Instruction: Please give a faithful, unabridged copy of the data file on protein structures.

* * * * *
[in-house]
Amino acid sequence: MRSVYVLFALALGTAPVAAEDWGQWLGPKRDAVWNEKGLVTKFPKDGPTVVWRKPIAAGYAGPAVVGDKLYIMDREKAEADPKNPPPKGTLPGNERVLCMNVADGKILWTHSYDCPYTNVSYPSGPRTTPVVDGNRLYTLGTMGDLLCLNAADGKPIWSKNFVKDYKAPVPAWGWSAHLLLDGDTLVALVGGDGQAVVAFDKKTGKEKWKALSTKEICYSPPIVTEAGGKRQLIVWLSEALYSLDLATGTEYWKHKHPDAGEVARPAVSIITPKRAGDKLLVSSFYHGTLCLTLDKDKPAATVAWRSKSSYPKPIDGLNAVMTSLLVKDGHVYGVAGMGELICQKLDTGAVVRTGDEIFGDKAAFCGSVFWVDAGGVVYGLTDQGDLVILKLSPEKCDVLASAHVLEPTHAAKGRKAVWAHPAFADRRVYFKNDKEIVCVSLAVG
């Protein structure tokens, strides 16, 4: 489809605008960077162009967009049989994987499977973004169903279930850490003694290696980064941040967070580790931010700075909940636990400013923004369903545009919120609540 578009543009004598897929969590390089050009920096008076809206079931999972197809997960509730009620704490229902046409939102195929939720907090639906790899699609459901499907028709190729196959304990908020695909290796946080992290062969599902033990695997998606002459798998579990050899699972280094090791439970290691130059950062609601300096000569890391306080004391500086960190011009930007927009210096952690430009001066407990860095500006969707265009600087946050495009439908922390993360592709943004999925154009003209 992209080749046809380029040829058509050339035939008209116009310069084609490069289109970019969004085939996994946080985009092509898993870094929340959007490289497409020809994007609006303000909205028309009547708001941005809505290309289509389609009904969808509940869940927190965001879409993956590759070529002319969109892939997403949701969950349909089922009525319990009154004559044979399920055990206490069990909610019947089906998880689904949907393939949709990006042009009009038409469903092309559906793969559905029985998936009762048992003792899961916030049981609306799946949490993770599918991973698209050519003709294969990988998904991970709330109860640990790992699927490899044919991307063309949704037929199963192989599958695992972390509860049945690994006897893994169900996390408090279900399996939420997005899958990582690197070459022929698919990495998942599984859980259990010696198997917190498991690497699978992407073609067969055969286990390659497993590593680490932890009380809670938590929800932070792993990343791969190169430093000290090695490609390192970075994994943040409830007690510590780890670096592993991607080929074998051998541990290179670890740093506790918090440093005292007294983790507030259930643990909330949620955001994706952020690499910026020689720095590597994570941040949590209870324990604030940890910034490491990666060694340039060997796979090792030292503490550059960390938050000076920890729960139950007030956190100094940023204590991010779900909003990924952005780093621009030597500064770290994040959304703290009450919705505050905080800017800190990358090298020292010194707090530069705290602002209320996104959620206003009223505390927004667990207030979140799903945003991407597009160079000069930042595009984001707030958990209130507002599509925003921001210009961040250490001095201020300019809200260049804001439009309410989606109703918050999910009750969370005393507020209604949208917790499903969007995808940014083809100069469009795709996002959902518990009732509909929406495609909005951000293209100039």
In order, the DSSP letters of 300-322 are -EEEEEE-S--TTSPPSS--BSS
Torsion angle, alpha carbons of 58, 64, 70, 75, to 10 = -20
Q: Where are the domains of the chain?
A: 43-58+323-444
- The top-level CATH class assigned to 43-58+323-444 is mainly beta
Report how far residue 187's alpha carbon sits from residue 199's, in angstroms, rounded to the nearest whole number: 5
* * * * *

[in-house]
Amino acid sequence: MRSVYVLFALALGTAPVAAEDWGQWLGPKRDAVWNEKGLVTKFPKDGPTVVWRKPIAAGYAGPAVVGDKLYIMDREKAEADPKNPPPKGTLPGNERVLCMNVADGKILWTHSYDCPYTNVSYPSGPRTTPVVDGNRLYTLGTMGDLLCLNAADGKPIWSKNFVKDYKAPVPAWGWSAHLLLDGDTLVALVGGDGQAVVAFDKKTGKEKWKALSTKEICYSPPIVTEAGGKRQLIVWLSEALYSLDLATGTEYWKHKHPDAGEVARPAVSIITPKRAGDKLLVSSFYHGTLCLTLDKDKPAATVAWRSKSSYPKPIDGLNAVMTSLLVKDGHVYGVAGMGELICQKLDTGAVVRTGDEIFGDKAAFCGSVFWVDAGGVVYGLTDQGDLVILKLSPEKCDVLASAHVLEPTHAAKGRKAVWAHPAFADRRVYFKNDKEIVCVSLAVG
């Protein structure tokens, strides 16, 4: 489809605008960077162009967009049989994987499977973004169903279930850490003694290696980064941040967070580790931010700075909940636990400013923004369903545009919120609540 578009543009004598897929969590390089050009920096008076809206079931999972197809997960509730009620704490229902046409939102195929939720907090639906790899699609459901499907028709190729196959304990908020695909290796946080992290062969599902033990695997998606002459798998579990050899699972280094090791439970290691130059950062609601300096000569890391306080004391500086960190011009930007927009210096952690430009001066407990860095500006969707265009600087946050495009439908922390993360592709943004999925154009003209 992209080749046809380029040829058509050339035939008209116009310069084609490069289109970019969004085939996994946080985009092509898993870094929340959007490289497409020809994007609006303000909205028309009547708001941005809505290309289509389609009904969808509940869940927190965001879409993956590759070529002319969109892939997403949701969950349909089922009525319990009154004559044979399920055990206490069990909610019947089906998880689904949907393939949709990006042009009009038409469903092309559906793969559905029985998936009762048992003792899961916030049981609306799946949490993770599918991973698209050519003709294969990988998904991970709330109860640990790992699927490899044919991307063309949704037929199963192989599958695992972390509860049945690994006897893994169900996390408090279900399996939420997005899958990582690197070459022929698919990495998942599984859980259990010696198997917190498991690497699978992407073609067969055969286990390659497993590593680490932890009380809670938590929800932070792993990343791969190169430093000290090695490609390192970075994994943040409830007690510590780890670096592993991607080929074998051998541990290179670890740093506790918090440093005292007294983790507030259930643990909330949620955001994706952020690499910026020689720095590597994570941040949590209870324990604030940890910034490491990666060694340039060997796979090792030292503490550059960390938050000076920890729960139950007030956190100094940023204590991010779900909003990924952005780093621009030597500064770290994040959304703290009450919705505050905080800017800190990358090298020292010194707090530069705290602002209320996104959620206003009223505390927004667990207030979140799903945003991407597009160079000069930042595009984001707030958990209130507002599509925003921001210009961040250490001095201020300019809200260049804001439009309410989606109703918050999910009750969370005393507020209604949208917790499903969007995808940014083809100069469009795709996002959902518990009732509909929406495609909005951000293209100039």
In order, the DSSP letters of 300-322 are -EEEEEE-S--TTSPPSS--BSS
Torsion angle, alpha carbons of 58, 64, 70, 75, to 10 = -20
Q: Where are the domains of the chain?
A: 43-58+323-444
- The top-level CATH class assigned to 43-58+323-444 is mainly beta
Report how far residue 187's alpha carbon sits from residue 199's, in angstroms, rounded to the nearest whole number: 5